New study looks at stalking amid rise in reported cases

New study looks at stalking amid rise in reported cases

SBS World News Radio: Researchers conducting one of the largest studies of stalking in Australia hope their findings will lead to more support for victims.

Researchers conducting one of the largest studies of stalking in Australia hope their findings will lead to more support for victims.

Stalking is becoming more common in Australia with new figures from Victoria showing a rise of almost 11 per cent over the past two years.

The targets of stalking are more commonly women than men but stalking can affect anyone.

The Australian Bureau of Statistics says 19 per cent of adult women and nearly eight per cent of men experience an episode of stalking during their lifetime.

The Bureau defines stalking as behaviours, such as loitering and following, which a person believes are intended to harm or frighten them.

All Australian states and Territories have anti-stalking legislation in place.

And now researchers from Western Australia's Curtin University are conducting one of the largest studies on stalking since anti-stalking legislation was introduced in 1994.

Doctor Lorraine Sheridan is a global expert on stalking and is the leading the project.

She says stalking is a serious offence that can have devastating outcomes.

"I think people don't realise how dangerous stalking is, you know, that it's a bit of romance gone awry or a bit of unwanted attention, I don't think enough people realise how frequently stalking is associated with really severe negative consequences, that can include murder."

Doctor Sheridan's research has found a minority of stalkers are mentally ill.

It also found members of the LGBTI community are more likely to be stalked than heterosexuals.

In Victoria, the Crime Statistics Agency has reported a 10.8 per cent jump in stalking over the past 24 months.

Dr Troy McEwan is a Melbourne-based forensic psychologist who's published a number of articles on stalking and partner violence.

She says her investigations have found there are many triggers that can influence a stalker.

"Just under half of stalking cases arise out of former intimate or romantic relationships. The other - just over - half are people who have had some sort of acquaintanceship with the stalker, perhaps a co-worker or a neighbour or someone they have had a professional relationship with like a doctor and a client, and then you've got a group of about 20 per cent, one in five, stalkers who are actually strangers to the victim previously and they've chanced upon the victim in some way and then commenced stalking them. So it's definitely related to intimate relationships and romantic partnerships but by no means is that all stalking is about: in fact that is a minority of all stalking cases."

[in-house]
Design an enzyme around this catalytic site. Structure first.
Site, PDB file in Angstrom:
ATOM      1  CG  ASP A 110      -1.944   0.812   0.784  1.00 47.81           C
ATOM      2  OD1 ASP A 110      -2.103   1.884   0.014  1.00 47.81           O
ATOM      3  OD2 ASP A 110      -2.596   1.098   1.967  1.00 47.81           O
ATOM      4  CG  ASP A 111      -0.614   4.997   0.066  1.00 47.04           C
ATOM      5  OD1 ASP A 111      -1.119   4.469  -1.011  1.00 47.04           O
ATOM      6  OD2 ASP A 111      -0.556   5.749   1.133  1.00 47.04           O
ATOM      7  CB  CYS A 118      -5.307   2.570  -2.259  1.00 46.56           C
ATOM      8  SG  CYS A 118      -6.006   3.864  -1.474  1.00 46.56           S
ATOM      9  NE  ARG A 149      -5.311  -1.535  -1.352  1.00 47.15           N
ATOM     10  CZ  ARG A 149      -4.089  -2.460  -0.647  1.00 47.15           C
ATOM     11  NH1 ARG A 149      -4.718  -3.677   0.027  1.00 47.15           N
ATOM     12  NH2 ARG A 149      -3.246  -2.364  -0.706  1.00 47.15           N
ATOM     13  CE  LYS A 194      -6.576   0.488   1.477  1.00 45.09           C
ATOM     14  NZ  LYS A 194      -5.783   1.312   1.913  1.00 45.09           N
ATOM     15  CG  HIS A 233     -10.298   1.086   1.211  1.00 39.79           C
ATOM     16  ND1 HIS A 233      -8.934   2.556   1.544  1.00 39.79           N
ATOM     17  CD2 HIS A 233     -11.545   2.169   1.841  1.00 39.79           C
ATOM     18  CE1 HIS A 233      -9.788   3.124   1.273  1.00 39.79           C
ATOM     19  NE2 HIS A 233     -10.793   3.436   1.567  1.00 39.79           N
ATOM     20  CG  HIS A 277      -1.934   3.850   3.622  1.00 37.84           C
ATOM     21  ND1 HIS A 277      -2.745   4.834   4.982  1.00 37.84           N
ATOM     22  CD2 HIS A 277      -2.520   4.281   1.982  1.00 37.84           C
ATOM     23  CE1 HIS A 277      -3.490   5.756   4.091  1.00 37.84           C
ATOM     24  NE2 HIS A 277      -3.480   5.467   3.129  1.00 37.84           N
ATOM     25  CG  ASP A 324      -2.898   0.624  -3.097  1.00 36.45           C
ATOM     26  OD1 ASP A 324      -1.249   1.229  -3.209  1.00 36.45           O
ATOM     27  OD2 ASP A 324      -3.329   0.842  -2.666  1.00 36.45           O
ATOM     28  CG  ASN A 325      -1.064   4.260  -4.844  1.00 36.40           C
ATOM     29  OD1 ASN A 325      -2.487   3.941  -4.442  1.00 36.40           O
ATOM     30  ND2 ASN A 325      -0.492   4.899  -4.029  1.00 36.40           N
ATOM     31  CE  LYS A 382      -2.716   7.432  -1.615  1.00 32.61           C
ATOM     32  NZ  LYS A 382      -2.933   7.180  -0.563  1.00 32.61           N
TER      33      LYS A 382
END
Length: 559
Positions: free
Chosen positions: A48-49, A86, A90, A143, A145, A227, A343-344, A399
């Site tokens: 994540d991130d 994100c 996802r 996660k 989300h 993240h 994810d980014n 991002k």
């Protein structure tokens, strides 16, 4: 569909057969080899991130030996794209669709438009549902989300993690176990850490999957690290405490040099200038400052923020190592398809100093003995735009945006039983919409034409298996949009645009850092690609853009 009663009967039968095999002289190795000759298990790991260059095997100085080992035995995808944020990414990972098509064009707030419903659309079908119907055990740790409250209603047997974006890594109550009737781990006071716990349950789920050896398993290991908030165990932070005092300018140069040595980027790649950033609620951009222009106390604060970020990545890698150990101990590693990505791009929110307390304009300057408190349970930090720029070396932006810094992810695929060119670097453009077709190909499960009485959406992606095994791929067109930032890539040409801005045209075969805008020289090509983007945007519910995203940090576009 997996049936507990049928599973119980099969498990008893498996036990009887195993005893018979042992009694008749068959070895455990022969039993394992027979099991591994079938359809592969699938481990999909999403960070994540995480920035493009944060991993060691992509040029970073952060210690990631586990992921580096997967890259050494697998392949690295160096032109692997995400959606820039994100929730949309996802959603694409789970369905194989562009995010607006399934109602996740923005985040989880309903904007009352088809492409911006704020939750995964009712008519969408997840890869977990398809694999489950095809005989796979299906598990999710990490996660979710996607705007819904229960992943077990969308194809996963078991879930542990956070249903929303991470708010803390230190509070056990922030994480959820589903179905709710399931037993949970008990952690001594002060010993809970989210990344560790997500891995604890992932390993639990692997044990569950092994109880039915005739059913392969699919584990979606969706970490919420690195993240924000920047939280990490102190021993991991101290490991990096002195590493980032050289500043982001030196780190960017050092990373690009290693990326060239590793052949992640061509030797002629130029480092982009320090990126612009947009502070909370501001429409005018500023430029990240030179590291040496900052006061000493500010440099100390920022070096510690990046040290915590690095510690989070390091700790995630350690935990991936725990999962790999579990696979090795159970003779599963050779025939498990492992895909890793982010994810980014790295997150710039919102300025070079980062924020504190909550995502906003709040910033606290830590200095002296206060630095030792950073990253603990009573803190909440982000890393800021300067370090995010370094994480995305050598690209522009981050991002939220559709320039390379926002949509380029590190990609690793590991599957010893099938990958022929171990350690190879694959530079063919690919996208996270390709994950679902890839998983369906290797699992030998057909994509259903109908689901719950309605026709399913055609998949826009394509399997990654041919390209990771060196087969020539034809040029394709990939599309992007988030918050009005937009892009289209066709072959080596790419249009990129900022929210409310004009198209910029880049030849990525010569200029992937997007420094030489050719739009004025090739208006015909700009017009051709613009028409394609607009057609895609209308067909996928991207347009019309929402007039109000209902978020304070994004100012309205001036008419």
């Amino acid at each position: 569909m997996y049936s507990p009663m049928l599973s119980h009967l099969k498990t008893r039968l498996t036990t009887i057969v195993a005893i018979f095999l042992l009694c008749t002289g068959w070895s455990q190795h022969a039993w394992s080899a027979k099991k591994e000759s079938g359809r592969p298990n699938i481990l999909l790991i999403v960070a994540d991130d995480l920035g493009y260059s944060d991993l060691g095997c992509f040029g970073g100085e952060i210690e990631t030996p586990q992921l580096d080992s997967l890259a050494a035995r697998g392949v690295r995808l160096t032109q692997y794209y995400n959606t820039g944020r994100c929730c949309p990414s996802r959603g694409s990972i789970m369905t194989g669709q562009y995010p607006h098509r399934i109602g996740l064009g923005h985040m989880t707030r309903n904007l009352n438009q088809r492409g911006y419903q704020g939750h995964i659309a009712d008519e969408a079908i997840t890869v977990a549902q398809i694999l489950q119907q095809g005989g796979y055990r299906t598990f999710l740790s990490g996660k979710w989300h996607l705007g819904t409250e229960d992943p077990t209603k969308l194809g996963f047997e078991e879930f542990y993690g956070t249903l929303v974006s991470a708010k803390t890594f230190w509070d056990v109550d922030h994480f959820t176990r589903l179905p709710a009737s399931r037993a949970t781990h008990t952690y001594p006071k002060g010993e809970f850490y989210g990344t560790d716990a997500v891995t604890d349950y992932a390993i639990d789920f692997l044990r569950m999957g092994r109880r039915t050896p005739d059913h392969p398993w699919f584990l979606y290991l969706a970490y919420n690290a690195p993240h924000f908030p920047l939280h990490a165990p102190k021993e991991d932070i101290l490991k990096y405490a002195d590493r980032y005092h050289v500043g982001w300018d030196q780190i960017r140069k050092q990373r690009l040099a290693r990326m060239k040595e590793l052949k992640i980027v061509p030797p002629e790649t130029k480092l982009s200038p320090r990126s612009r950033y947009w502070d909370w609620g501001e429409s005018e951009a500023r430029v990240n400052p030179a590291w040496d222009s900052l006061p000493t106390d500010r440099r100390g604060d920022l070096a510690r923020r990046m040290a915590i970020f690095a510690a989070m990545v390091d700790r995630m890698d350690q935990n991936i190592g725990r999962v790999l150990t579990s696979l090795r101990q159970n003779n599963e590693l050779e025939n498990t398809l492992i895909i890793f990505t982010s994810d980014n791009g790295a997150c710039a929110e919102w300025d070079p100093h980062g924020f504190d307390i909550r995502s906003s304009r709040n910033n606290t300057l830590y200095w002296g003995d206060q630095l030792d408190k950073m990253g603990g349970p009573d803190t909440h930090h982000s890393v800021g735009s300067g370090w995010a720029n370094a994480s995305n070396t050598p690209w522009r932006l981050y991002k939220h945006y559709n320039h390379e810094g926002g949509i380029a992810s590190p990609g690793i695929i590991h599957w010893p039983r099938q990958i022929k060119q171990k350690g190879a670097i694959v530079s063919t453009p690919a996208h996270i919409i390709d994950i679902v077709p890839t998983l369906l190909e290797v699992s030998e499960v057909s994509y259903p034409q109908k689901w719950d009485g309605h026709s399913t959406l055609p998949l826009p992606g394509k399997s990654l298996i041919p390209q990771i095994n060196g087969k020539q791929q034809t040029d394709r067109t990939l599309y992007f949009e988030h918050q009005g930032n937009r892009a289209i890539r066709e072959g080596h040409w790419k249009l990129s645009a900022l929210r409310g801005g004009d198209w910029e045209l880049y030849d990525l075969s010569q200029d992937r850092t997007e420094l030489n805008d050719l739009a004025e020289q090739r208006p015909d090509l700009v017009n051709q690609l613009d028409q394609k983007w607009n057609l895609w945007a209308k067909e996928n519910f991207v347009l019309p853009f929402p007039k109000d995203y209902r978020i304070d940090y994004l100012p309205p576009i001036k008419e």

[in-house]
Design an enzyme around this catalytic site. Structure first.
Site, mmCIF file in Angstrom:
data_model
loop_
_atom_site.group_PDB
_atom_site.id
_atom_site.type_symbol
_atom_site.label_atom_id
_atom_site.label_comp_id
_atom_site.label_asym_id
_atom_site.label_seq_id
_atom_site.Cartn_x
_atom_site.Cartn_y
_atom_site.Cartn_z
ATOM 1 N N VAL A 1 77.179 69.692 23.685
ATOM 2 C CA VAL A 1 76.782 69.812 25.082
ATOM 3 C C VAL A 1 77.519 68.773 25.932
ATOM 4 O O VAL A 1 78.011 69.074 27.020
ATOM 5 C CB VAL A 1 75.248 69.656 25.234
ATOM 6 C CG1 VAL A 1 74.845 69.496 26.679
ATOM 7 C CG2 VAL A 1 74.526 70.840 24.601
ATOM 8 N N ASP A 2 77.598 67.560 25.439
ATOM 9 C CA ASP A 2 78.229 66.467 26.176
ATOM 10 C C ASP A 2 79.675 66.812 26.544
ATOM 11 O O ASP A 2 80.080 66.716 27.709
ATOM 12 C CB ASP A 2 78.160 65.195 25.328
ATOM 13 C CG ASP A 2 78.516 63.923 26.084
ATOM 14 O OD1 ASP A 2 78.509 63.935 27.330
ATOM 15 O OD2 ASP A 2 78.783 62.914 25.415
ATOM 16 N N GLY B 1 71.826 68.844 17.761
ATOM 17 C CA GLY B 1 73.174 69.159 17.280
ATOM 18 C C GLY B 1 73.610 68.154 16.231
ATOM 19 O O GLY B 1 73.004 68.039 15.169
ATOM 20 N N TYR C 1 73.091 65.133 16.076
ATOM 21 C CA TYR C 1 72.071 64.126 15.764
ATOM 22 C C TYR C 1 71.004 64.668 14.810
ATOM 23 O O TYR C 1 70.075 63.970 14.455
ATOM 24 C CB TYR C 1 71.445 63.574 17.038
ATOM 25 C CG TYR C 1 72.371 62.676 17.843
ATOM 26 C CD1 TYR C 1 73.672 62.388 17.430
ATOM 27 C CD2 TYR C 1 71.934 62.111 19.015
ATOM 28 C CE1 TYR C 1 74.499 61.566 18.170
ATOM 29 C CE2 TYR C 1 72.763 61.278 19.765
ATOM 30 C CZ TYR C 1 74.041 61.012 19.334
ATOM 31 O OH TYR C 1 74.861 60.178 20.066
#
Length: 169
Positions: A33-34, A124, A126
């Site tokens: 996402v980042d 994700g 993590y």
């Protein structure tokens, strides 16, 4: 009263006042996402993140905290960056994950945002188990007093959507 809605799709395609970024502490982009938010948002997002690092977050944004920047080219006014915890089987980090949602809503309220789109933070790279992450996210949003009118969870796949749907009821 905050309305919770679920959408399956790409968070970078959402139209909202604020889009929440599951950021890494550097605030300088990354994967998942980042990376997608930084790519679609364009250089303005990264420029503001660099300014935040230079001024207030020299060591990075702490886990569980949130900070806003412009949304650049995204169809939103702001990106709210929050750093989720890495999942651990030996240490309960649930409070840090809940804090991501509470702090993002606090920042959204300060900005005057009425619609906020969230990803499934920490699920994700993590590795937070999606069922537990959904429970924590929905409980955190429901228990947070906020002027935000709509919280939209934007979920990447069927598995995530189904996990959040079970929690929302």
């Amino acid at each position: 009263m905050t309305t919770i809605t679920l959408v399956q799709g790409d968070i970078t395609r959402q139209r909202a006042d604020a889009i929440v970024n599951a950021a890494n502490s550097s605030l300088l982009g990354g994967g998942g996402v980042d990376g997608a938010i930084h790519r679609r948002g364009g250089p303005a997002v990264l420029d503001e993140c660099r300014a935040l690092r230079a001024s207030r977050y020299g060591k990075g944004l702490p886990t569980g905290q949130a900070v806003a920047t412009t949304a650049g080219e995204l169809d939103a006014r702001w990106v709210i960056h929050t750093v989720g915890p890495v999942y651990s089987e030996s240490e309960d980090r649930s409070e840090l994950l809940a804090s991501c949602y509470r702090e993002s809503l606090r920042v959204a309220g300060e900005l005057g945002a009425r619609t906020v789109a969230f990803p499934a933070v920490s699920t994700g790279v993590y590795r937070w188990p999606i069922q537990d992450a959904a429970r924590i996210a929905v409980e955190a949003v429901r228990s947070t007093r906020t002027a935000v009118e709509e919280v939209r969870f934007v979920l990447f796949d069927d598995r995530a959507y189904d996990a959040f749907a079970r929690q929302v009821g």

Harassment online and using technology is one type of stalking to be explored in the study.

From November 2014 to June last year, more than six per cent of incidents reported to the Australian Cybercrime Online Reporting Network, or ACORN were related to cyber-bullying and stalking.

Curtin University's Dr Lorraine Sheridan says cyber-stalking is not an isolated issue.

"Cyber-stalkers are more likely to be caught than people that don't stalk via the internet because they leave a trail of evidence, but what we're looking at more and more, we've done some massive studies on it in Australia and when I was back in the UK, and what we're finding is that cyber-stalking is not really a thing on its own, really it's another method that stalkers have got to constantly surveil and harass their victims."

Dr McEwan's says victims of stalking are more susceptible to developing mental illnesses and they need more support.

"We know that stalking victims do have, as a group, higher rates of things like depression and anxiety and substance use and certainly post-traumatic kind of symptoms, and so where you have a very serious stalking situation where the victim does have mental health and consequences, it92de6bf3bÉuZvery important that they are able to access appropriate mental health support for that. But equally it's important that they're able to speak to people who understand stalking and understand the dynamics of that situation and can integrate the treatment with the fact that in reality many of these victims are experiencing ongoing trauma and ongoing harm because the stalking is continuing. So it's unfortunate there's not enough mental health practitioners who really have a good understanding of stalking and its legal ramifications, and that's a real challenge I think for victims in Australia. "

 

 

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